Whoop! Whoop! I just finished pre-book writing work. So, this is a book I’ve started and stopped a few times already. I feel like I’ve been stuck on being prepared to write the book. You see, I typically write without preparing much. This has worked in the past for me, and I enjoyed being surprised by what would happen next. I would let the characters drive where the story was going. Sometimes, I’d be surprised by what came out. The problem: I usually never got much more than halfway through a story. It works great for so long and then you need to know where it’s going.
So, I have my Five Star binder, in which I’m keeping all my key information. I can even fit my laptop – currently using a Lenovo IdeaPad – into one of the pockets to easily take my stuff with me. I had been using a regular hard three-ring binder and a backpack. This binder is working very well for me, even though I moved to this binder after the quarantine, so I haven’t had the chance to enjoy its portability outside the house.
I have started the binder off with basically a blank page. As I come up with ideas for the book title, I’m going to fill out this page. We will see what makes the most sense at the end. Currently, you may notice, the page is empty. The book has taken a different direction than what I had previously thought, so my other titles don’t seem to work right now – Abigail and Abigail’s 18th Birthday were the previous suggestions.
From there I’ve put the time frame for the book. In the past, I’ve also written without a reference of time – I guess it has always been present time. The problem with that methodology is the inconsistencies in my writing. I would re-read what I had written, and the book would switch from Autumn to Spring to Summer, and it had only progressed a couple days. Now, I live in Ohio, and it’s possible to experience all the seasons in one day, but I would be inconsistent with the time of year. Identifying a time frame (it doesn’t mean the book necessarily takes place during that time), it allows me to be more consistent and identify dates, using the ol’ internet to look up items like the weather or events during that time frame. Again, it is simply for consistency. I started doing this with the last draft of this book, and it really helped me out a lot. That said, history will most likely need to be changed to fit the needs of the story in some places, but it is still beneficial, just like the setting is based on a real area in Cleveland but has been altered to help move the story. Along with the Time Frame, I have written a few ideas for the Purpose of writing the book. The purpose may change as the story unfolds, but it’s nice to have the idea I’m writing for a specific reason.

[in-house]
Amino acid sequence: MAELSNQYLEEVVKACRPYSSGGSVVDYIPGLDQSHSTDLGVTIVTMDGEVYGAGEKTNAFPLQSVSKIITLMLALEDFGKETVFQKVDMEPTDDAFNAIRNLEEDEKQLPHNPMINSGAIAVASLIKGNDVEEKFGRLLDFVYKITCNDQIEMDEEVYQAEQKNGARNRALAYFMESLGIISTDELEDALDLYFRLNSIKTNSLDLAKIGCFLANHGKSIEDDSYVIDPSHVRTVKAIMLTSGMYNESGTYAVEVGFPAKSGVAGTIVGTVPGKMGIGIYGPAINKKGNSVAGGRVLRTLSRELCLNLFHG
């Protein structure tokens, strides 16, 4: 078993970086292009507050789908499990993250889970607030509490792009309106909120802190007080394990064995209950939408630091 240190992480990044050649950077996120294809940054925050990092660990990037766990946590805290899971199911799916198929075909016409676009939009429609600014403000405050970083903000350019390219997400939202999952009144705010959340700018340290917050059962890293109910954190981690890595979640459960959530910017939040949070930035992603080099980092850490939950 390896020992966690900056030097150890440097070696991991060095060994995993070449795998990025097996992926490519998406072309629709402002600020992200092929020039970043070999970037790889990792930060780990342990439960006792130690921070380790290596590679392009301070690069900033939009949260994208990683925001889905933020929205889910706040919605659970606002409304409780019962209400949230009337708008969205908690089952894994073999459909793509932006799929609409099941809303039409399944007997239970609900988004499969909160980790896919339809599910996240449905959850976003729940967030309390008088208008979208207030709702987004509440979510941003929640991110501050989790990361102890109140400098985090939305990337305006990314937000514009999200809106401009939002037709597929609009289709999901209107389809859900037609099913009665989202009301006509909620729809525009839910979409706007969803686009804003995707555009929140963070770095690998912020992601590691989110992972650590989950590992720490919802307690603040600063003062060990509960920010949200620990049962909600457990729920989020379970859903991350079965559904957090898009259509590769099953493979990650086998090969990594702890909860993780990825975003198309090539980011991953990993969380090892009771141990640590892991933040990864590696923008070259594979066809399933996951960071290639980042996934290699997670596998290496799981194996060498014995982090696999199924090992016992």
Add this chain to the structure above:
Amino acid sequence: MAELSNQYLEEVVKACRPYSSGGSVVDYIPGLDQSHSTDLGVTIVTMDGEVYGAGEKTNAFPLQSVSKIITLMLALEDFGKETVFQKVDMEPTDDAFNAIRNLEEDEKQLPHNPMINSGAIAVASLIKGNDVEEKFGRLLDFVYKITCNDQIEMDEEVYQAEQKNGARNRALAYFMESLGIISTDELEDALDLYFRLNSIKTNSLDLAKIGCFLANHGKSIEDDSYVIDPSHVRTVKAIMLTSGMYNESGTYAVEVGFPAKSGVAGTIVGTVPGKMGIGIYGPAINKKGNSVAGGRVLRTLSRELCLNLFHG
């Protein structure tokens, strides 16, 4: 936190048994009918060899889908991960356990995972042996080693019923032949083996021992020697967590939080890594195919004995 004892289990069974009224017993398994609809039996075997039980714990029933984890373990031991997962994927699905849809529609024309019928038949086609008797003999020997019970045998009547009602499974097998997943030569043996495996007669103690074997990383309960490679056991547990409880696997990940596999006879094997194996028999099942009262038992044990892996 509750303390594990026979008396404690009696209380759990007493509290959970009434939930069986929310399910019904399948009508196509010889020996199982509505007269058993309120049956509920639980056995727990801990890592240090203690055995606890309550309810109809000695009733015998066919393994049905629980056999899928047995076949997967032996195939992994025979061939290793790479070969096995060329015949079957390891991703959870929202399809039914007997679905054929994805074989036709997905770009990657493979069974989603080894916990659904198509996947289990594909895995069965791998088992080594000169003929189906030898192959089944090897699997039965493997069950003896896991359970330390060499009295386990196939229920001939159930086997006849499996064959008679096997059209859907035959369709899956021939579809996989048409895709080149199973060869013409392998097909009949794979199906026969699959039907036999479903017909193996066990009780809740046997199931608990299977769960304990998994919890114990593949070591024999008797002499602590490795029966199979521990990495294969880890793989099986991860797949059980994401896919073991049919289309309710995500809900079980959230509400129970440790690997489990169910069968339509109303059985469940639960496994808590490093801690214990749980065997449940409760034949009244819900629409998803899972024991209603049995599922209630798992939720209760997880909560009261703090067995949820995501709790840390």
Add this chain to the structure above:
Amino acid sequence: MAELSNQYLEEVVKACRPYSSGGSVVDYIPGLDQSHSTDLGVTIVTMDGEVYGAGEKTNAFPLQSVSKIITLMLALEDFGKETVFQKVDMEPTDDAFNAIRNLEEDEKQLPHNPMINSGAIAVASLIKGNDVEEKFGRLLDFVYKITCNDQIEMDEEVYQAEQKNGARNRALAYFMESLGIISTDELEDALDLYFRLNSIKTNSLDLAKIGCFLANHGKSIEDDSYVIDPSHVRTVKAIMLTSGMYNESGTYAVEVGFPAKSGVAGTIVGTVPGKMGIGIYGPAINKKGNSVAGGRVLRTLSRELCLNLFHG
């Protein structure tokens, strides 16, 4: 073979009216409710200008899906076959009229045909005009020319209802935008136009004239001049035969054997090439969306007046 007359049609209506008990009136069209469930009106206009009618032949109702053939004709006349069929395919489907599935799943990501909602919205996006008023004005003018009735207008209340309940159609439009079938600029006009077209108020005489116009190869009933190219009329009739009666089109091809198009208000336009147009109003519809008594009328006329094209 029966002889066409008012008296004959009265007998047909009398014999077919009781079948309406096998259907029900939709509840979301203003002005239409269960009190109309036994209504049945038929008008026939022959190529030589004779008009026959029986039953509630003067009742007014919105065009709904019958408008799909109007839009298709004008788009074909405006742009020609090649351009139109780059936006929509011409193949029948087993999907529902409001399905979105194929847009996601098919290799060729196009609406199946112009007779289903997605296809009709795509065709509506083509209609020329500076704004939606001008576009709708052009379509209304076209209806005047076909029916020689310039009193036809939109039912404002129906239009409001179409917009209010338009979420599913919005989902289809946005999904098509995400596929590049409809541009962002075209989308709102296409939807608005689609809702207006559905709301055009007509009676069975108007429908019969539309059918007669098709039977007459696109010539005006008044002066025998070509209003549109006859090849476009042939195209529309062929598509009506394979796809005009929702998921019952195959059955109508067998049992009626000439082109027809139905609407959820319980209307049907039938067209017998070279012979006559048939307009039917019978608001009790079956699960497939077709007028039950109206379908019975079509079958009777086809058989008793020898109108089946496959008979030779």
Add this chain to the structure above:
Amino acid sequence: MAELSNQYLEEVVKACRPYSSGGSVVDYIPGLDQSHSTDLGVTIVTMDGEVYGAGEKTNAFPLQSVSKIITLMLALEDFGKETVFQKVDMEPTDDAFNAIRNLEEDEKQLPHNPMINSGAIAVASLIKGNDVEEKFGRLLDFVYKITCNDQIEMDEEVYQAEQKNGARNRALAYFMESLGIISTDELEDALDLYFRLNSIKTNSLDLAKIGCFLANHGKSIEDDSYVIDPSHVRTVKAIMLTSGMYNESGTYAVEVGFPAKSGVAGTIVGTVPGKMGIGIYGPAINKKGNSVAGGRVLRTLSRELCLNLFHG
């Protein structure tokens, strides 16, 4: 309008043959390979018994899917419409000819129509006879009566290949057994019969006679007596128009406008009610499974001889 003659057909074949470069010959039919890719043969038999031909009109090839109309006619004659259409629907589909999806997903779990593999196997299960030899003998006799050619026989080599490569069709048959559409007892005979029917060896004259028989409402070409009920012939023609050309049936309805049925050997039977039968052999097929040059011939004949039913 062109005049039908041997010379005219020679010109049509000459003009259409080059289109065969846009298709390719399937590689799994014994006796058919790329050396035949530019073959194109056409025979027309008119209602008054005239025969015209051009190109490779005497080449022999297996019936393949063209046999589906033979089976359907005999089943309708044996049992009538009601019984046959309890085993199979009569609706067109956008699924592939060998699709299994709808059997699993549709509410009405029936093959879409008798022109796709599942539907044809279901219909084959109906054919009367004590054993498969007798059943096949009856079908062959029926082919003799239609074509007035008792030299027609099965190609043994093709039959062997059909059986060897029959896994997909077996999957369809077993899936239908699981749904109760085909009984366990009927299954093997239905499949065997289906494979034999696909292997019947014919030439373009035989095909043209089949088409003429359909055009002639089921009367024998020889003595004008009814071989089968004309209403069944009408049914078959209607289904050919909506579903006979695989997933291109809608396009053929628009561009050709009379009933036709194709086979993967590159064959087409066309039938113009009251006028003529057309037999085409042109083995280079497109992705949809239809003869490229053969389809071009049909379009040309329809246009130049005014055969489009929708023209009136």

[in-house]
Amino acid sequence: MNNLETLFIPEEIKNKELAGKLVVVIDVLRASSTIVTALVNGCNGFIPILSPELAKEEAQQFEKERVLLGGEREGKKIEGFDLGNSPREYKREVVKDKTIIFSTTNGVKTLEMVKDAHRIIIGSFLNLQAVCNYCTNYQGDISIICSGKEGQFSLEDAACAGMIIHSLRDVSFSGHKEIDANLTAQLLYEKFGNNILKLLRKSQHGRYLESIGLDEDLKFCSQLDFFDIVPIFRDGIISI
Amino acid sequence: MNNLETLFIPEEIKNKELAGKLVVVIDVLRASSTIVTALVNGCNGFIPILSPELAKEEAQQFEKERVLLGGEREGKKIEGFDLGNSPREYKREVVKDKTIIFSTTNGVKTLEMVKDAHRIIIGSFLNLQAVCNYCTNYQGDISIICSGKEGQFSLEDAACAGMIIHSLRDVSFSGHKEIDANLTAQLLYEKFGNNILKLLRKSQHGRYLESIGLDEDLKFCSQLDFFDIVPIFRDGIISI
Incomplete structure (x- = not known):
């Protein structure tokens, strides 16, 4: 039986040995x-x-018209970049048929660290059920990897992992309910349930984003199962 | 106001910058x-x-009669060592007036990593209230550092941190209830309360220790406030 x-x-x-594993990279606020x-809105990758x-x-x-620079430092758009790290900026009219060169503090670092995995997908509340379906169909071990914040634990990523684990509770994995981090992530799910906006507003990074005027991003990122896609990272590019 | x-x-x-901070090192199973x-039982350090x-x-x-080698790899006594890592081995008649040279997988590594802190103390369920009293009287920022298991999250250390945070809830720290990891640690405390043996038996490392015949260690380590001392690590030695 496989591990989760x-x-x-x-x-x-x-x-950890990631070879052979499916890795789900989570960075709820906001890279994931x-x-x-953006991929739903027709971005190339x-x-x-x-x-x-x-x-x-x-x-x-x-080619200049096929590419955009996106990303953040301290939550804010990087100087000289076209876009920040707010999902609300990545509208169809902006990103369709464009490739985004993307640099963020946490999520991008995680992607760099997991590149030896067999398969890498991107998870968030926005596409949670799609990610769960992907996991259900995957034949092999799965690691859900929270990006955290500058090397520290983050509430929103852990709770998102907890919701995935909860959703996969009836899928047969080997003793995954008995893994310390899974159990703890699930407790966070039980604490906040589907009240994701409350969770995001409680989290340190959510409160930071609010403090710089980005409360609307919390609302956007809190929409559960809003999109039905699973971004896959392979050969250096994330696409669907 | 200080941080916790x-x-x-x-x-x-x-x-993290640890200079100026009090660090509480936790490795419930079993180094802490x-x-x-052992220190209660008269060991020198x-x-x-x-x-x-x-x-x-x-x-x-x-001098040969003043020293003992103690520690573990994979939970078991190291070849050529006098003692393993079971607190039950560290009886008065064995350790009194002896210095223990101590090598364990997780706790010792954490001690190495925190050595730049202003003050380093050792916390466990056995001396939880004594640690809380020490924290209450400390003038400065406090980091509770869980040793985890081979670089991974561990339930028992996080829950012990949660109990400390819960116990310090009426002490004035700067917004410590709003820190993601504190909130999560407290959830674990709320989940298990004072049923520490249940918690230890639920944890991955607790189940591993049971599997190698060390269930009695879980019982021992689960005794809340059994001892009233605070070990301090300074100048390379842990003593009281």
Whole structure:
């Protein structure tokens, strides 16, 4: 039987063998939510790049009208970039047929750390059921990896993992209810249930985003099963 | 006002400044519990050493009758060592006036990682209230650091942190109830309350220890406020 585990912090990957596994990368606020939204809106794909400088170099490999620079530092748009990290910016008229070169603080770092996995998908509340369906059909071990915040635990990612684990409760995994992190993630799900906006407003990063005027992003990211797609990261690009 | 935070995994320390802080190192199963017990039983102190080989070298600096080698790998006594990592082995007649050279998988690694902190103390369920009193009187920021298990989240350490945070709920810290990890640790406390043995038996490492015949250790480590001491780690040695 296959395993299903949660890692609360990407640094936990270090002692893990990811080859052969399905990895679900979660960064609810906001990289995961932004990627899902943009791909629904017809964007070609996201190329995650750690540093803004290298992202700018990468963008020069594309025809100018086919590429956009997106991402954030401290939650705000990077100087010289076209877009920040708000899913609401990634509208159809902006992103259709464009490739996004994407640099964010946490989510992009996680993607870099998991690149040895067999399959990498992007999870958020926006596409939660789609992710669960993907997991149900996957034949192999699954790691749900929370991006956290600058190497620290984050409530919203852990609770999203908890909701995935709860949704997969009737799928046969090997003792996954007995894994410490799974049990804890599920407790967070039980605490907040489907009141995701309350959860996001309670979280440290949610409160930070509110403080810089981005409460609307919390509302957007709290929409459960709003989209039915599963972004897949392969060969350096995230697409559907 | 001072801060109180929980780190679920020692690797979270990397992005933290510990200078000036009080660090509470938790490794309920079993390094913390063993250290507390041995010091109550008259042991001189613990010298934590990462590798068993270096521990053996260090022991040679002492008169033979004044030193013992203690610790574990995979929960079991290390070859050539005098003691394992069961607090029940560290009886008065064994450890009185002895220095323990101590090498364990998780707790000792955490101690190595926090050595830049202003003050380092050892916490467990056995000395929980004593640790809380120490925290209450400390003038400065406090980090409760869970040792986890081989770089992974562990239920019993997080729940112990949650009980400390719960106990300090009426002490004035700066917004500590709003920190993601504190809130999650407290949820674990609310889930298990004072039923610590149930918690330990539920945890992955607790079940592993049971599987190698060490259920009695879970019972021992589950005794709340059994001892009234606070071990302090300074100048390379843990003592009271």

What I started to do with my last attempt at writing this book, I’ve created a Pre-Book Timeline of Key Events leading up to the first word on Chapter One. Again, this idea is to help with the consistency of the writing. I would often reference events in the past, and they would change from chapter to chapter. Also, this will give me an idea of where the characters are coming from and, possibly, the events shaping the story.
From there, I decided to map out a character tree. Now, this is what I currently know. This list will most likely grow as the story gets written. I’m sure there are many characters – many who will end up being important – I haven’t identified yet. Still, I thought this was a nice visual and quick reference for character relationships. I got this idea from a book my wife bought for me. Aside from the Character Mapping, I have written Character Biographies as well. I take a picture of a celebrity or person I know who embodies my vision for the character. In most cases, I am thinking that picture may be close to how the character looks, but, sometimes, I get a feeling from that picture, which puts me in the right state of mind for that character. In some cases, it may not have anything to do with the person or how they are perceived, but the picture itself may give me the character’s feeling. Currently, I have 19 characters (10 male, 9 female) identified. The four main characters have pages all to themselves. The minor characters have shared pages. Again, this resource is invaluable to reference back to keep their histories and characters consistent.
Lastly, where I am now, the last tab in my binder is called Chapters. I have loose-leaf paper and a few Black Ticonderoga pencils, sharpened and ready to write. Each Chapter will have its own piece of paper. I will start by writing what I intend to write in the coming chapter: events and what I hope to get out of them (example: They go to a restaurant for lunch. We learn the character is vegan). After prepping the chapter, I will actually write it. After I’m done writing it, I will give a synopsis of the actual chapter and what we learned. Even with being prepared, stories can still take you in unexpected directions as a writer, so the end product may turn out to be much different than originally planned.
It’s nearing midnight in Cleveland. I’m debating whether to get started on Chapter One because I really want to get going again. Or, should I listen to my eyelids, which want to close and head to bed instead? Maybe I can start it up refreshed in the morning…